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Task Order Contracting

What is task order contracting?

Chapter 4 discussed contract types, including the three types of indefinite delivery contracts. One of those was the indefinite quantity contract, commonly referred to as an IDIQ (indefinite delivery, indefinite quantity) contract. IDIQ contracts are often used as task order contracts, which are defined by FAR 16.501-1 as contracts for services that do not procure or specify a firm quantity of services (other than a minimum or maximum quantity) and that provide for the issuance of orders for the performance of tasks during the period of the contract. FAR 16.501-1 also defines the delivery order contract similarly, but a delivery order contract is used when procuring supplies instead of services.

What responsibilities will the COR need to carry out when working with task order contracts?

The COR must:

Oversee and coordinate initial efforts regarding preparation of the task order and associated documents

Review and reconcile differences between the task order and the contractor's task cost plan

Understand and be prepared to make recommendations to the CO on single- versus multiple-award issues

Make recommendations to the CO regarding the ordering officer's and task monitor's duties.

Task Order Documentation and Cost Plan

What does the COR do to prepare the task order and associated documents?

The COR must:

Prepare the task order SOW

Prepare the independent cost estimate

Determine whether funding is available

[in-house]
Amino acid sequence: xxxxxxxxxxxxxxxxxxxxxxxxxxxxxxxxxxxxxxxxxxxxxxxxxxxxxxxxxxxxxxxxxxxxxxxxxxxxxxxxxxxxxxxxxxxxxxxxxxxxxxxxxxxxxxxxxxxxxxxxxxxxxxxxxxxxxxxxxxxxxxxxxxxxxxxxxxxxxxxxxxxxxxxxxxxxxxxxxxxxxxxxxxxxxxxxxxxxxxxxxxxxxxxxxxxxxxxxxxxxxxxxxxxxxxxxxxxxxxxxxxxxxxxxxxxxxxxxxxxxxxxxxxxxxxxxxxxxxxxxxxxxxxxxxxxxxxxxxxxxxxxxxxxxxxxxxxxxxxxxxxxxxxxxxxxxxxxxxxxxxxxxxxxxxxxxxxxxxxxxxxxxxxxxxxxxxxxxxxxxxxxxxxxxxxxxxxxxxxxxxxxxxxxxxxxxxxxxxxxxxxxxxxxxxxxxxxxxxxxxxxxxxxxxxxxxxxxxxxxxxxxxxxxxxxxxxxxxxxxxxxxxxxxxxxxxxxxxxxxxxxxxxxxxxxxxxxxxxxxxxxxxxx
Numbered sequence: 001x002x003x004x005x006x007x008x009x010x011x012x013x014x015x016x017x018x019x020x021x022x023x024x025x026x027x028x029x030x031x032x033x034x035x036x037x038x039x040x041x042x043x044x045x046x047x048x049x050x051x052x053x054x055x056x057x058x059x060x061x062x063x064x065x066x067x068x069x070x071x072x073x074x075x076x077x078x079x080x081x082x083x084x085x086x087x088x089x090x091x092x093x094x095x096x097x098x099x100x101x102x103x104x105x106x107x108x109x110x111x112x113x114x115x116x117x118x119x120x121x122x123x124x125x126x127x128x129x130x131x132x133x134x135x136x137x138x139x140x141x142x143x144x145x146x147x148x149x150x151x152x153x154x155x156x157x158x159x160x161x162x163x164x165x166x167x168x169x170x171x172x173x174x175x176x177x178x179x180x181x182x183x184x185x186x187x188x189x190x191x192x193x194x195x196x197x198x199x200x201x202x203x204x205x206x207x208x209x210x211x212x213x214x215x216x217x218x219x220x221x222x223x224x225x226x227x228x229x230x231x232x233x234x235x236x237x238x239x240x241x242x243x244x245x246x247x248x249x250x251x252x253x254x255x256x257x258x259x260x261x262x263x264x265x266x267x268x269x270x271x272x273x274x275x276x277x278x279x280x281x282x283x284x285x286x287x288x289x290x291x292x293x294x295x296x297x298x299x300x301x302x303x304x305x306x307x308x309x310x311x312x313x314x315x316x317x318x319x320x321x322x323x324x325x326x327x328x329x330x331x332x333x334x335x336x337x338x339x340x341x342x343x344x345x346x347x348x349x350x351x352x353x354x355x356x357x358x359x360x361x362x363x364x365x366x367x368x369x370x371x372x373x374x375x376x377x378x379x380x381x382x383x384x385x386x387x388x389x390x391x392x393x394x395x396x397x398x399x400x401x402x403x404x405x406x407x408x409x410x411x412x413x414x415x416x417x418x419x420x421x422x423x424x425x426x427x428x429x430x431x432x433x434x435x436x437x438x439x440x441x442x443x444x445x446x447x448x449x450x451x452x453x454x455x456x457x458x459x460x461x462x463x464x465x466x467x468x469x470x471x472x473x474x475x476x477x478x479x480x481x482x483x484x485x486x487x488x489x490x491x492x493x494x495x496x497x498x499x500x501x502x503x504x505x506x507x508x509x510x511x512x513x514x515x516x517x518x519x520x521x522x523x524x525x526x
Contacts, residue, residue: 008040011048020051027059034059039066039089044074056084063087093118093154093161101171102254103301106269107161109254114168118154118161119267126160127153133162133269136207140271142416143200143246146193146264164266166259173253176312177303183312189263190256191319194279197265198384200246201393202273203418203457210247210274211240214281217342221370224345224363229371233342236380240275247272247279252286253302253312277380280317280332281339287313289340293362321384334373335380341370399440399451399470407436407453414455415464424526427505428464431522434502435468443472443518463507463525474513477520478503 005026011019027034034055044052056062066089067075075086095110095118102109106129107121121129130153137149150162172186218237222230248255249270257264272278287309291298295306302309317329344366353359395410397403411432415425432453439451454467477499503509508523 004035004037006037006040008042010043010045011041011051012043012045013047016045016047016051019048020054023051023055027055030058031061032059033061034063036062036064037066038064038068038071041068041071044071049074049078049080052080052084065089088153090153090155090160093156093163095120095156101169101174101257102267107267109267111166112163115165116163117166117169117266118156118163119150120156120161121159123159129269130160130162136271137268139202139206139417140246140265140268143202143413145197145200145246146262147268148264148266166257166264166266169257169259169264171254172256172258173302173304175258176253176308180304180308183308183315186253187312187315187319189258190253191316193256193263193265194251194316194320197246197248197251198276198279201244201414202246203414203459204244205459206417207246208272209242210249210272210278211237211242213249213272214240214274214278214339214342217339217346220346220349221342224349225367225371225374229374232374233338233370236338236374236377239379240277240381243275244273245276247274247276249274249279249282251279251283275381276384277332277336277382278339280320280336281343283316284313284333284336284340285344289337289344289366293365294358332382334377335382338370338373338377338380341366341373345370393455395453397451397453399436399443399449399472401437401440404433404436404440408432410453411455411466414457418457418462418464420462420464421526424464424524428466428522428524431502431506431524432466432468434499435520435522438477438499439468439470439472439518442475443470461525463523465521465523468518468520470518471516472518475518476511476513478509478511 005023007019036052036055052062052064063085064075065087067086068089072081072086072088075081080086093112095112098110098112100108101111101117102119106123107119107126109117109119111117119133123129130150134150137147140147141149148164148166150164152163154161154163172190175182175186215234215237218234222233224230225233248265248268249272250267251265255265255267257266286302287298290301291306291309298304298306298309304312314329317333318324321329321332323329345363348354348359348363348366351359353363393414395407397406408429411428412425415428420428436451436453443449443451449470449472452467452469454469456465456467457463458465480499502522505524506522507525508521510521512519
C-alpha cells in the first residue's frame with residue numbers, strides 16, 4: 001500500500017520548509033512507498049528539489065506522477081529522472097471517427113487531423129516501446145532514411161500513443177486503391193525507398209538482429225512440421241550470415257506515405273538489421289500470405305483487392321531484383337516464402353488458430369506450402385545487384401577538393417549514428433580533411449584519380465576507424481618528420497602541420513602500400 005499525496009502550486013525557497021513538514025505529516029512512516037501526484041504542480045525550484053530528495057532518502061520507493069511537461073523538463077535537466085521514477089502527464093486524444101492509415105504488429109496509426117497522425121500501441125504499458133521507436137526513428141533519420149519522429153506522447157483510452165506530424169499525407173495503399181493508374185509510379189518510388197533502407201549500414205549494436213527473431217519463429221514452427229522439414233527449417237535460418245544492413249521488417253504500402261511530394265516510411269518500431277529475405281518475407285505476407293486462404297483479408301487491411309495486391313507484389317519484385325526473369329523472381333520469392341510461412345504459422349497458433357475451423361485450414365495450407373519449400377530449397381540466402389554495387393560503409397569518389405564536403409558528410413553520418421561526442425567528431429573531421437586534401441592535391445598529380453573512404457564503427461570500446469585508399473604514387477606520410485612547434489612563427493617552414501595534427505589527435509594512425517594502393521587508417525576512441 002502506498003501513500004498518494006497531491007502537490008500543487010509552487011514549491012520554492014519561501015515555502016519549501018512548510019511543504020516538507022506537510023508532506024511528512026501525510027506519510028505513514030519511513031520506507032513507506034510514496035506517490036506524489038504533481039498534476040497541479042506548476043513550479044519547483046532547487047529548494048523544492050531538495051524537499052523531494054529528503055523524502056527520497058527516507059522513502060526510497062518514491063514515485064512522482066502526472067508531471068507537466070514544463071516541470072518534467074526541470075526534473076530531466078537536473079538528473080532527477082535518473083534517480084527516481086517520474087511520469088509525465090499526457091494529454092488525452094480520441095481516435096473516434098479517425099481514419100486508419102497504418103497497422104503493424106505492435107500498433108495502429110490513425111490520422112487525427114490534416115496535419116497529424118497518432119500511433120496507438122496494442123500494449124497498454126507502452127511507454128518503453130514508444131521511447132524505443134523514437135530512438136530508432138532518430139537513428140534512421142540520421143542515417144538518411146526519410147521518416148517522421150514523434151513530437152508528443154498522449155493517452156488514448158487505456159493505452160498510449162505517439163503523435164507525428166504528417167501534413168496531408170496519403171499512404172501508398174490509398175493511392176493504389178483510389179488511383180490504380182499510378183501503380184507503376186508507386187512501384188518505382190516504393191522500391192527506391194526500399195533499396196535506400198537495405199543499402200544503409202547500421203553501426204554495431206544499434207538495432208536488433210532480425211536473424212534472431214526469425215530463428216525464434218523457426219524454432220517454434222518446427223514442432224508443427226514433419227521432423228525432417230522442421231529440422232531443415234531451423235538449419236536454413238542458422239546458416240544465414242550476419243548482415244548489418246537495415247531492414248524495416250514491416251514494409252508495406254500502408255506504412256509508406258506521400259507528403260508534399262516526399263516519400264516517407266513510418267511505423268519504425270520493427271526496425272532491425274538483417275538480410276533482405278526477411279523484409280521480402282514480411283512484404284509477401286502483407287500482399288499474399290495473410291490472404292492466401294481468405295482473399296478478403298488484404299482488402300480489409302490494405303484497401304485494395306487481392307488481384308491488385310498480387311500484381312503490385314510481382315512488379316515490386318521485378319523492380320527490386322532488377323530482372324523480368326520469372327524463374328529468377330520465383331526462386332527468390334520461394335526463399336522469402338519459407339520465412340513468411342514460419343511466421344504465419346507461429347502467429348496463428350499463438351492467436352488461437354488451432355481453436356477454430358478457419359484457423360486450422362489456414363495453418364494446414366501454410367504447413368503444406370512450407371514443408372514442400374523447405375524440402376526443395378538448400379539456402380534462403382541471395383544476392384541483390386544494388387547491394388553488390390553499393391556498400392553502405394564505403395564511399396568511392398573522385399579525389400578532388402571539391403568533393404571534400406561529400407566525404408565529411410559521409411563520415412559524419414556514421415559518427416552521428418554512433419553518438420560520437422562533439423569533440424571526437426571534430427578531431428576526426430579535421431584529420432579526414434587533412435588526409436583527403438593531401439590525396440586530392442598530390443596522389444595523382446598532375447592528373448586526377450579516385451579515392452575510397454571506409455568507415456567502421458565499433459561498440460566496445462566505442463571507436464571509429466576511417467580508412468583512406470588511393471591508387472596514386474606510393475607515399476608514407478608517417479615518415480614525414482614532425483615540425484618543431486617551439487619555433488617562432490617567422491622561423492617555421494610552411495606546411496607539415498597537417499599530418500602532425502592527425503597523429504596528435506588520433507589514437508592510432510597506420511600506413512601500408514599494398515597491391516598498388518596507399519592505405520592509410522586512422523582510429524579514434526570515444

Evaluate the contractor's task plans

Monitor contractor performance under the task order, or assign task monitors as authorized by the CO

Avoid personal services relationships.[1]

The work proposed in the task order must fall clearly within the scope of the contract under which the task order is to be issued.

In addition to reviewing the proposed task order to make sure the work falls within the scope of the contract, the CO will also check to ensure that:

Direct supervision of contractor personnel by government personnel does not transform the contract from non-personal services into a personal services contract (see Chapter 3, Questions 86 and 87)

The direct labor hours proposed are consistent with the work described

The estimated cost appears reasonable

The proposed length of time for performance of the task order appears appropriate.

What is the contractor's task cost plan?

The contractor, on receiving the task order, prepares and submits a task cost plan to the COR, describing how the contractor intends to accomplish the assigned task. The COR provides a copy of the plan to the CO.

What is the COR's role in reviewing the task cost plan?

The COR reviews the task cost plan to determine if the contractor's estimates of hours and dollars needed to accomplish the contract work are consistent with the requirements of the task order. If the task cost plan differs from the task order, the COR prepares, for the CO's approval, a revised task order incorporating the approved task cost plan estimates of hours and dollars and any other required revisions. The COR provides the CO with a copy of the revised task order and task cost plan.

Single- and Multiple-Award Task Order Contracts

What are the differences between single- and multiple-award task order contracts?

IDIQ contracts will usually be awarded to multiple contractors to provide for competition on task orders. Multiple-award task order contracts will require significantly more administrative effort than single-award task order contracts, as there will be not only the initial competition for the contracts, but also a series of selections for the award of individual task orders.

  • [1] A personal services contract is a contract that, by its express terms or as administered, makes the contractor personnel appear to be, in effect, government employees (FAR 37.101; also see FAR 37.104). These contracts are illegal unless specifically authorized by statute.
 
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